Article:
“Sound energy, sound power, is much, much greater than any other power in this world,” said spiritual master Sri Swami Satchidananda. He set the tone for the weekend of Woodstock on Friday evening when he spoke to the crowd as part of the lineup.

Stuck in a car, surrounded by thousands of others at a complete standstill, in the middle of August — all the components to a road-rage-filled nightmare. Hippies, however, still saw the good in waiting for Woodstock. They deserve more credit, too, because, in 1969, only 50 percent of cars were equipped with air conditioning.

Entry policies at Woodstock were basically “the more the merrier.” Organizers knew they were completely over their heads. After selling 100,000 tickets, they ran out, and still had a crowd of over 300,000 attendees waiting to get in. So, they scrapped the fees, and people stepped over fences to get in.

Breaking bones in the middle of this crowd would put a damper on festivities. Fortunately, army choppers swooped in bringing extra food and 45 volunteer doctors. They believed in the spirit of the festival and offered their services.

When the helicopter carrying Janis Joplin and her crew emerged over the trees, and she caught sight of the massive crowd, she couldn’t contain her excitement. Initially, she told her band it was just another gig. But giddy with nerves and joy, she ended up staying for the remainder of the festival.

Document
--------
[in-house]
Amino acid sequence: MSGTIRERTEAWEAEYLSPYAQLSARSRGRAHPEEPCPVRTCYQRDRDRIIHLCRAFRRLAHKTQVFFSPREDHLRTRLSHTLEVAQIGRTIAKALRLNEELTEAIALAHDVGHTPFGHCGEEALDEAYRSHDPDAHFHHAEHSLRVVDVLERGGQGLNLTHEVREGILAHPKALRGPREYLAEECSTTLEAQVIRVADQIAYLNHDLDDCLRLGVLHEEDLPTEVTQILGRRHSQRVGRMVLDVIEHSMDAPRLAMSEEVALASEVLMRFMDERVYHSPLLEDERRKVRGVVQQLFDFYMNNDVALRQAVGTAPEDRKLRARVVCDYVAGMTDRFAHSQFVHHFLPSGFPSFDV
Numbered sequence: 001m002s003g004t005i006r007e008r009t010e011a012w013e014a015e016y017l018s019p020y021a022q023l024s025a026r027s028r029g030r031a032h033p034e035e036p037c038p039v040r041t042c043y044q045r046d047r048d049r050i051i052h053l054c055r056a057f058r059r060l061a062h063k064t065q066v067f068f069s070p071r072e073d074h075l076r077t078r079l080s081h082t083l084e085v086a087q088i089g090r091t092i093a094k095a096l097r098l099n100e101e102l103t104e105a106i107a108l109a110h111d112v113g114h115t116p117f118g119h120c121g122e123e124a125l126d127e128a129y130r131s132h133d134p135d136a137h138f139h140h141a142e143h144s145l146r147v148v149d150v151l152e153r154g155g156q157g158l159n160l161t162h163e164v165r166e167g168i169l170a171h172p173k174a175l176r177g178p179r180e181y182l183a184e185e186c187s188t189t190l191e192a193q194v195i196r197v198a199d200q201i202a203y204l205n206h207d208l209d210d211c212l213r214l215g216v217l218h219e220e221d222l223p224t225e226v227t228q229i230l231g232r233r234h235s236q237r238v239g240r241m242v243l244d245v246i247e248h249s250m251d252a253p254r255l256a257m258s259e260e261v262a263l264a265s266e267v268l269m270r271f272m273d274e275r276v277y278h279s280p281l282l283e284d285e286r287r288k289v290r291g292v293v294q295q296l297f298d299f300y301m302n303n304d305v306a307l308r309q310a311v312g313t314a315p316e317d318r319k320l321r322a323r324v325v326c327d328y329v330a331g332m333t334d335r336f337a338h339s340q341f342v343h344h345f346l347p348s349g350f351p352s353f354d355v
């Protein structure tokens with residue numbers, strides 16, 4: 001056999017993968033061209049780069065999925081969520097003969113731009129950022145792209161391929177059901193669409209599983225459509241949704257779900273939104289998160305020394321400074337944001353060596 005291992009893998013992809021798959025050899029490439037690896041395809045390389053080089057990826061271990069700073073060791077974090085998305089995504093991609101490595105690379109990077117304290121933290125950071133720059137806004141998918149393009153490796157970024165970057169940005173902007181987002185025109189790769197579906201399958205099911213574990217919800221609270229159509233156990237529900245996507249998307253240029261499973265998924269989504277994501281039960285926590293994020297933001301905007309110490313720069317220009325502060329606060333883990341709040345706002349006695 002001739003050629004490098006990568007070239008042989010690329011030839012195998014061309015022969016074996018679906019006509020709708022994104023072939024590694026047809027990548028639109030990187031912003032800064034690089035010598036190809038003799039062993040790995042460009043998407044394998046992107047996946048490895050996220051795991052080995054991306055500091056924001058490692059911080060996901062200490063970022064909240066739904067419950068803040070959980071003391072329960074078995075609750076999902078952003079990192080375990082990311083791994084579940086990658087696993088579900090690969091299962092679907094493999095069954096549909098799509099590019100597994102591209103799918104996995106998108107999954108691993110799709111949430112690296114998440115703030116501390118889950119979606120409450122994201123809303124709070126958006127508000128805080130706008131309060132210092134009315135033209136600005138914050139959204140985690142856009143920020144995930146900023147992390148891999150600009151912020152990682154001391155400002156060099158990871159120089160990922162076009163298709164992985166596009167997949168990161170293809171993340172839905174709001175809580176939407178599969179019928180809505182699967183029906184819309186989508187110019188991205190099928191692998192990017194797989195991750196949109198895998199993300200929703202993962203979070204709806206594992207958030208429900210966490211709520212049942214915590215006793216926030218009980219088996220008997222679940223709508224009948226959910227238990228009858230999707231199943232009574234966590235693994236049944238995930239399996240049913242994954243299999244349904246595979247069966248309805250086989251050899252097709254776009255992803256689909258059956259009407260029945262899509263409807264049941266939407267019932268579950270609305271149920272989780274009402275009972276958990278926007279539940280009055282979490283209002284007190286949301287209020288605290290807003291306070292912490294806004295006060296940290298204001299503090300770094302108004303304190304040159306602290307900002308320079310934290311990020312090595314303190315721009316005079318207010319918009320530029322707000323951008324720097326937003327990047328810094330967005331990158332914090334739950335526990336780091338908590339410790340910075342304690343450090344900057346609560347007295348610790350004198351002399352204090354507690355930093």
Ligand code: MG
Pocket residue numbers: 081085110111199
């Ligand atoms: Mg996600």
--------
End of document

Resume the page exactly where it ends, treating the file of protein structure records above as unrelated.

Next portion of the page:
Music didn’t stop when the acts left the stage. In between sets, people took the groove into their own hands and formed spontaneous drum circles. No drum? No problem. Old oil drums, a 2″ x 4,” and a bit of a stump served as readymade percussion instruments.

Is that field breathing? The huge crowds sent New York State Governor Nelson Rockefeller into panic mode, and he attempted to squash the festival. Luckily, love won out, and instead of stamping out the fun, he deployed the National Guard to help the organizers.

Ladies served looks at Woodstock that totally earned the hippie nickname “Beautiful People.” Singer Melanie Safka performed her hit song by the same name twice at the concert. The second time was on stage, but the first, she crooned to security guards who barred her entrance without a performer’s pass.

Another band that mingled among the crowd was Jefferson Airplane. They weren’t scheduled to perform until Sunday morning but they helicoptered in early to join in the fun. Singer Grace Slick and the wife of drummer Spencer Dryden, Sally Mann, snacked and enjoyed the music.

The Grateful Dead came close to fulfilling their namesake during their 90-minute set, which consisted of only 5 songs and a massive amount of technical difficulties. The rain pelted down ferociously, and The Dead risked electric shock the entire time.

Very few photographers were granted permission to attend Woodstock, but thank goodness the ones that made the cut captured action shots like this. After all, it was all about the music, and with legendary performances by bands like The Who, Hendrix, CCR, and Santana — anybody would be flippin’ their hair.